Skip to main content

Early Intervention and Special Education Services

The Cardiac Neurodevelopmental Program’s goal is to assist children with heart disease and their families in reaching the best outcomes in all areas of development and quality of life. This includes helping families access free and appropriate services for their infants, children or adolescents with physical, developmental, learning or behavioral needs. This page reviews the types of resources and interventions available in the community, along with contact information for specific programs.

Individuals with Disabilities Education Act (IDEA)

IDEA is a federal law that protects the rights of children with disabilities in the school setting. The law requires that all children with special needs have access to free appropriate public education (FAPE) in the least restrictive environment (LRE). Disabilities that are covered under IDEA include cognitive (thinking and learning), sensory, communication, physical, social or emotional.


Ages 0-3 years:

Early Intervention Program: Local and free for children with developmental delays or disabilities under the age of 3.

Kansas: Infant-Toddler Services

Missouri: First Steps

Steps to get started:

  1. Infants and children may be referred to the program by their doctor or parents may call.
  2. Complete evaluation to determine what types of interventions they qualify for and how frequently those interventions will be applied.
  3. Those who qualify may receive physical therapy, occupational therapy, speech-language therapy and other services including behavioral intervention. Services are typically provided in the home setting.

Ages 3 years and up:

Free services provided in preschool, elementary and secondary school for children who have disabilities and need specialized educational services.

Steps to get started:

  1. Teachers or parents may request an evaluation through the school district.
  2. Determination is made about whether children qualify for services under either an Individualized Education Plan (IEP) or 504 plan.

Differences between IEP and 504 plans





  • A legal document that is developed collaboratively between school personnel and the child’s parents/legal guardians to make sure the child’s educational needs are met.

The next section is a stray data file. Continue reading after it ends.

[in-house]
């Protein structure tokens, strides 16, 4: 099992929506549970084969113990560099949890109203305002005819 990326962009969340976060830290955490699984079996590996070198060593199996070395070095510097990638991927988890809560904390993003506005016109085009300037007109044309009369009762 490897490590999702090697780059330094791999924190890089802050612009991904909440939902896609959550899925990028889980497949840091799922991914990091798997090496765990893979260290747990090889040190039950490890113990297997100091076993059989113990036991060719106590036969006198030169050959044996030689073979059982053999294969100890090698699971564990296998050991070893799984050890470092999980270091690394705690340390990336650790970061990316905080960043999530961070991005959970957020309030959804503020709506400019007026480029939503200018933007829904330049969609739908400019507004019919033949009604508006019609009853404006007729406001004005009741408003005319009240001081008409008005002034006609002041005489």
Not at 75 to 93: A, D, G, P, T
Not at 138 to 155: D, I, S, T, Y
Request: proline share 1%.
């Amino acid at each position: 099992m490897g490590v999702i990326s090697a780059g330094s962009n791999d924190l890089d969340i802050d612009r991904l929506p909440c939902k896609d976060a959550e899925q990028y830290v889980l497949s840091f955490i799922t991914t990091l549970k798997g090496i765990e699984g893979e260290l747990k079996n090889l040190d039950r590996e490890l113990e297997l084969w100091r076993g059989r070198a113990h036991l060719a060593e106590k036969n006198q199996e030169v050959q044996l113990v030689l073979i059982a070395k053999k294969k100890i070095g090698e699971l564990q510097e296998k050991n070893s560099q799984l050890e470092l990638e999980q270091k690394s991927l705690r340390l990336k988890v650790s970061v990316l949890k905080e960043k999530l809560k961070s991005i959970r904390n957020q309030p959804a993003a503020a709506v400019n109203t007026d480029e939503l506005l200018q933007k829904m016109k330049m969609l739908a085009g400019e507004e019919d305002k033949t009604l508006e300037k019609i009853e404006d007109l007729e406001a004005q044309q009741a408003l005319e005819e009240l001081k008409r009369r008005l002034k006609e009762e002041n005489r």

• An IEP must establish measurable annual goals for a child with special educational needs, and must document the specific educational and related interventions and accommodations that the public school will provide to, or on behalf of, the child.

  • An IEP is recommended for a child who needs both interventions and accommodations to be successful in the school setting.
  • Refers to Section 504 of the Rehabilitation Act of 1973. This is a federal law that protects individuals from discrimination based on their disability. Individuals with disabilities are defined under this law as: “persons who have or have a history of a physical or mental impairment which substantially limits one or more major life activities.” (Section 504 Fact Sheet, Department of Health and Human Services, 2006).

  • Children who qualify include those with medical conditions such as congenital heart defects, as well as children with behavioral disorders such as ADHD/ADD or neurodevelopmental conditions such as autism.

  • Children who qualify as having a disability will automatically be protected under Section 504.

  • Not all students will also qualify for an IEP.

  • A 504 plan is recommended for any child who does not have significant learning difficulties, but who needs supports and accommodations for school.

IEP examples

An IEP is appropriate for a child who has a reading disorder and may include interventions for reading such as separate instructional time apart from the regular class, along with accommodations to support comprehension, such as recorded texts or extra time in class to practice.

An IEP for a child who has a speech/language disorder may include an intervention of separate instructional time for formal speech therapy during the school week, and may also include accommodations in the form of augmentative communication tools (such as a picture board or electronic device) to help the child communicate more easily in class.

504 examples

A child with congenital heart disease may benefit from a 504 plan so that he is not counted as truant because of multiple missed school days due to illness and/or doctor’s visits, or because he may not be able to complete all the assigned physical activity required in physical education class.

A child may also benefit from a 504 plan because he has ADHD and needs extra time to complete assignments, a reduced homework load, extra classroom breaks and/or seating away from classroom distractions.

How we can help

The Cardiac Neurodevelopmental (CND) Team is here to help families gain access to services and advocate for their children’s needs. In addition to providing neurodevelopmental and neuropsychological evaluations which may be used as part of a program’s or school’s evaluation process, we are available to consult with schools and assist with IEP or 504 planning. Please reach out to us at (816) 264-3880.

Useful contact information

Children’s Mercy Cardiac Neurodevelopmental Program
Phone: (816) 264-3880

Parent advocacy groups

Families Together Inc.
Kansas parent training and information, and family-to-family health information resource for children with disabilities and/or special health care needs

Wichita phone:
(316) 945-7747

Topeka phone:
(785) 233-4777

Garden City phone:
(620) 276-6364

En Español phone:
(800) 499-9443

Missouri Parent Advocacy Programs
Missouri Parents Act (MPACT)
Phone: (800) 743-7634